13th Conference on Applied Climatology and the 10th Conference on Aviation, Range, and Aerospace Meteorology

Wednesday, 15 May 2002: 1:30 PM
An assessment of ice-free wind sensors for the Juneau Airport Wind System
Thomas Carty, FAA William J. Hughes Technical Center, Atlantic City International Airport, NJ; and M. McKinney and F. Law
Poster PDF (399.0 kB)
The Weather Branch of the Federal Aviation Administration (FAA) William J. Hughes Technical Center performed a wintertime assessment of wind sensors near Juneau International Airport (JNU), Alaska during the period November 2000–June 2001. The purpose of the field investigation was to assess the severe-weather performance capabilities of wind sensors currently used in the prototype JNU Wind Hazard Information System (JWHIS) developed by the National Center for Atmospheric Research (NCAR). In addition, alternate heated anemometers including mechanical, ultrasonic, and pressure-type sensors were assessed as possible candidates for use in the operational successor to JWHIS, the Juneau Airport Wind System (JAWS). The ultrasonic anemometer was of particular interest because of its growing use in other national and aviation weather systems within the FAA.

Pretest activities included wind sensor checkout and calibration in a wind tunnel at the Technical Center. The test bed was established on an existing equipment tower on a well-exposed mountain overlooking JNU. This site is one of three existing ridge-top weather stations associated with JHIS, and has a suitable tower, equipment, and communications infrastructure to support installation and continuous operations of the test equipment. The site is subject to extreme meteorological and climatic conditions where snow and the buildup of rime ice on exposed surfaces can be substantial. With assistance from NCAR, nine anemometers, all with heater capabilities, were installed along with other instrumentation including an ice detector, temperature/relative humidity probe, and Internet-capable video cameras. Data was acquired from the mountain via a high-speed wireless network in an unattended mode during the 6-month period. Continuous remote monitoring of sensor data and video was accomplished via a server with Web and FTP capabilities.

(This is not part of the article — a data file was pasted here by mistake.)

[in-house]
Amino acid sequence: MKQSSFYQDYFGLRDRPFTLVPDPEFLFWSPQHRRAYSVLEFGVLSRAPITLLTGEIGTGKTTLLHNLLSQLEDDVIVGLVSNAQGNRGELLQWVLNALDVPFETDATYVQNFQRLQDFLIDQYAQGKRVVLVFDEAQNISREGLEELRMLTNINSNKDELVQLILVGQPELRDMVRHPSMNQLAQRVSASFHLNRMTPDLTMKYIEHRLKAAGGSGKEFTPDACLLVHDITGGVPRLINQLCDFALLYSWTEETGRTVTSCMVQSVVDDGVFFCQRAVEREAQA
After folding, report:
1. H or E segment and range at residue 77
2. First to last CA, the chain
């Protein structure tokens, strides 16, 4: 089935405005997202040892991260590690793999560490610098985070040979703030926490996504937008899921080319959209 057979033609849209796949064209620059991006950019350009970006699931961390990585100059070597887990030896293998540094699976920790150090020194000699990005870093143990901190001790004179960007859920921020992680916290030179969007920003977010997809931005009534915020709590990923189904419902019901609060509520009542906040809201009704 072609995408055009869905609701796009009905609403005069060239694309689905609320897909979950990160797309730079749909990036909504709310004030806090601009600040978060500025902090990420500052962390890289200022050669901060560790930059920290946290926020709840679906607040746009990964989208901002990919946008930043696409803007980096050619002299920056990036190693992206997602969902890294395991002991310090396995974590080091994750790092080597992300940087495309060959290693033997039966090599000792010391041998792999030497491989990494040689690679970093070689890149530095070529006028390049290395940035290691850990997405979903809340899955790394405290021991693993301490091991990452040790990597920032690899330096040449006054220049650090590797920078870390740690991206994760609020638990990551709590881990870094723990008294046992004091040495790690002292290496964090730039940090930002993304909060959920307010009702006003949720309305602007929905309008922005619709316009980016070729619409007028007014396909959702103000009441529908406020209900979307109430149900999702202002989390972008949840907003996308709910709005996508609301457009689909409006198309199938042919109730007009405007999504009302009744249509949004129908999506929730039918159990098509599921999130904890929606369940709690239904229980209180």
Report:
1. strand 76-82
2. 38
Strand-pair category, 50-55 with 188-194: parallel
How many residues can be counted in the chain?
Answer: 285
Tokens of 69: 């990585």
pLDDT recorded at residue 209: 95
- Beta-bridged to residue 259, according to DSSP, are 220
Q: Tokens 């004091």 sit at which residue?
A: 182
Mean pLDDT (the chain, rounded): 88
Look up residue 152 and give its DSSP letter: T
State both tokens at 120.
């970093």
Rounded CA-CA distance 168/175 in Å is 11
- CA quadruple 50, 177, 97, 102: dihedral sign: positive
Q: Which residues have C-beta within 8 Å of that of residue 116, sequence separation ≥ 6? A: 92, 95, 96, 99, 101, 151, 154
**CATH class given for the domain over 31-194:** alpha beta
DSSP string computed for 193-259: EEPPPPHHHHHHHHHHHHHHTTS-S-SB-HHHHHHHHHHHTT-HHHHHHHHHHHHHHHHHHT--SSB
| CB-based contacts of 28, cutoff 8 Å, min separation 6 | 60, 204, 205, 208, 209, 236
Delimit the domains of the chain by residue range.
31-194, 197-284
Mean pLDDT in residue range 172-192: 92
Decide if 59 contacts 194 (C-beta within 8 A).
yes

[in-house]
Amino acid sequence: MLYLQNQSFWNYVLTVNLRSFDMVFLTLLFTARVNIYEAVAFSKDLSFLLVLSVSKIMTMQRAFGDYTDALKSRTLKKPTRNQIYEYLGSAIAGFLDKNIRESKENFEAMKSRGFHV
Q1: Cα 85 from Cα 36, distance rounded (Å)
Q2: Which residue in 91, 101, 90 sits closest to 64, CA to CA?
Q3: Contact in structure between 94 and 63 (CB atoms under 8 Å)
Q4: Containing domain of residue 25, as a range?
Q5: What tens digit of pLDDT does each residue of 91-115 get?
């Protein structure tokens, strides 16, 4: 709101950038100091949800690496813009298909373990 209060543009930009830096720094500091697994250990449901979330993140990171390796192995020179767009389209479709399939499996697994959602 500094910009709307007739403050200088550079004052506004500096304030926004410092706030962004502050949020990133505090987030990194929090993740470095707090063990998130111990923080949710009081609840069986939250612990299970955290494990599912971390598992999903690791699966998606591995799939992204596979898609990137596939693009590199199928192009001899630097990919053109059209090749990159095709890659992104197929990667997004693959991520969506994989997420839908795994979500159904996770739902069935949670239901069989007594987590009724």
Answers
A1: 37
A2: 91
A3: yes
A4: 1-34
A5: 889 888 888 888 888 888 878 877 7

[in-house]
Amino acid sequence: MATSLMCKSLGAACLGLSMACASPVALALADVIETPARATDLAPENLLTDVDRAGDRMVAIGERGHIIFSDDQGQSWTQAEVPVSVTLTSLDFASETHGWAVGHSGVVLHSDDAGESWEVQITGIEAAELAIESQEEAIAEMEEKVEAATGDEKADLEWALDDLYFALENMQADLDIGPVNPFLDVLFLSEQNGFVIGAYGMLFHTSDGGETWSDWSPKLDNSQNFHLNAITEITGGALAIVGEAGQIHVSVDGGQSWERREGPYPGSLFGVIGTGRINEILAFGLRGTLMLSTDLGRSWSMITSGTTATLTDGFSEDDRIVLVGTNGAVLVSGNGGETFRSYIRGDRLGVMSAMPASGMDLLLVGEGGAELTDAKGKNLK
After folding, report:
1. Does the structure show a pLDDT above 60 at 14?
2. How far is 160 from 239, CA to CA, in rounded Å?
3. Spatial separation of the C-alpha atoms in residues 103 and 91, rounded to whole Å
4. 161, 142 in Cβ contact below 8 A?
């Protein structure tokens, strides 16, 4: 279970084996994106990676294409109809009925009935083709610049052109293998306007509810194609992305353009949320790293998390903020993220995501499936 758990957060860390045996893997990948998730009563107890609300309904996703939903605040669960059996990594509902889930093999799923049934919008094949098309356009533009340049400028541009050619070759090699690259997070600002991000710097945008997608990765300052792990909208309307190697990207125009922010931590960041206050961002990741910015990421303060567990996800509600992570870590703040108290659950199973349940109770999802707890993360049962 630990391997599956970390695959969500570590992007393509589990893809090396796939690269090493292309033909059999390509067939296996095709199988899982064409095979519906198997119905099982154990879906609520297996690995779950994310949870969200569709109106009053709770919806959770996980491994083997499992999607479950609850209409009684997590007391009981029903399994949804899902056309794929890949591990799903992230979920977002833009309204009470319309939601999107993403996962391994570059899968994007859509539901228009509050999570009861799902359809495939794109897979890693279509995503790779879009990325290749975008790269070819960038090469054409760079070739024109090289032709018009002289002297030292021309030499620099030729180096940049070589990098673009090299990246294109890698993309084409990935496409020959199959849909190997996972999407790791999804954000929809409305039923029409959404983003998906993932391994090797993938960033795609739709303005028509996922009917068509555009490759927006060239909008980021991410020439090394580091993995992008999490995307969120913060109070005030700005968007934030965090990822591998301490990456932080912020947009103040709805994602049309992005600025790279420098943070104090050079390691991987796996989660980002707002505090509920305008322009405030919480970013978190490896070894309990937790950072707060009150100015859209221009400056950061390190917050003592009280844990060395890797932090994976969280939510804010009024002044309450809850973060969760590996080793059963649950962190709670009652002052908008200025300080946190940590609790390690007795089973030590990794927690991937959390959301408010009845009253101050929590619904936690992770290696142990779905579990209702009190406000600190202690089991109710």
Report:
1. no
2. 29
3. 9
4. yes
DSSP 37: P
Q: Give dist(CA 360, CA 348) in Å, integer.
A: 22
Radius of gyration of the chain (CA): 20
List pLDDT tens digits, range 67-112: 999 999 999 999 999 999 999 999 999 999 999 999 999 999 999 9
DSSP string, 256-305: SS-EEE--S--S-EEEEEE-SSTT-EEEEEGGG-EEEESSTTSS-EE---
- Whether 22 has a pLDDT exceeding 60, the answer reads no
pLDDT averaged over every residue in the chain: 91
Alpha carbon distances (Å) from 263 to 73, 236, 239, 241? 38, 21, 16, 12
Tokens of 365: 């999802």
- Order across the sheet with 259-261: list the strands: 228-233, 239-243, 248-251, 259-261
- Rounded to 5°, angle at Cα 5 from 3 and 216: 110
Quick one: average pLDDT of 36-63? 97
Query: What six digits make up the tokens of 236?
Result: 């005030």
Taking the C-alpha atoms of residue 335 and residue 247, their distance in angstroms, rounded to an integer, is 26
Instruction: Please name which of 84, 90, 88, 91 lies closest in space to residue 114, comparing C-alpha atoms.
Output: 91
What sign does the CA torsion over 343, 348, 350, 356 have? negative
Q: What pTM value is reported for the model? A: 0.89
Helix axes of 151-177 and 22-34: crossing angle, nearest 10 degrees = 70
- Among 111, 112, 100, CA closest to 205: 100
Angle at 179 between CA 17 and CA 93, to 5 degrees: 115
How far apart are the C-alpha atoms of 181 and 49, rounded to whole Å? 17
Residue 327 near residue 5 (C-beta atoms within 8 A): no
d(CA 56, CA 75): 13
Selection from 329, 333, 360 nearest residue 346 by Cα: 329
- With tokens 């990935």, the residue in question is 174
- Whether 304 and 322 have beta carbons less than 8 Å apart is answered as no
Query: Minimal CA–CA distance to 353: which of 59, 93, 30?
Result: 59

Approximately 3500 hours of test bed data were collected and analyzed over the 184-day period. Video motion clips were constructed and used to visually assess icing. In-depth data analysis was performed for the ~37 hours where winds exceeded the current limits for airport operations. With a few exceptions, the existing JWHIS mechanical anemometers exhibited minimal icing. Mechanical sensors from a second manufacturer experienced significant icing, and were found operationally unsuitable due to extended ice-related outages. Favorable performance was displayed by the ultrasonic anemometer. The sensor was determined through internal status as well as video data to be degraded by icing 0.8% of the 6-month period. Further analysis of the periods of degraded performance (with respect to the JAWS 1-minute wind reporting requirement), revealed that in 84% of affected cases, there were at least 75% raw data samples available to derive a valid wind report. During the entire field experiment, only 81 sporadic 1-minute wind reports were derived from 25% or less raw sensor data. The pressure-type sensor that was evaluated exhibited encouraging performance; however the amount of data collected was limited due to delayed sensor installation. This sensor is under further evaluation as part of a follow-on 2001–02 wintertime assessment currently being conducted in Juneau.

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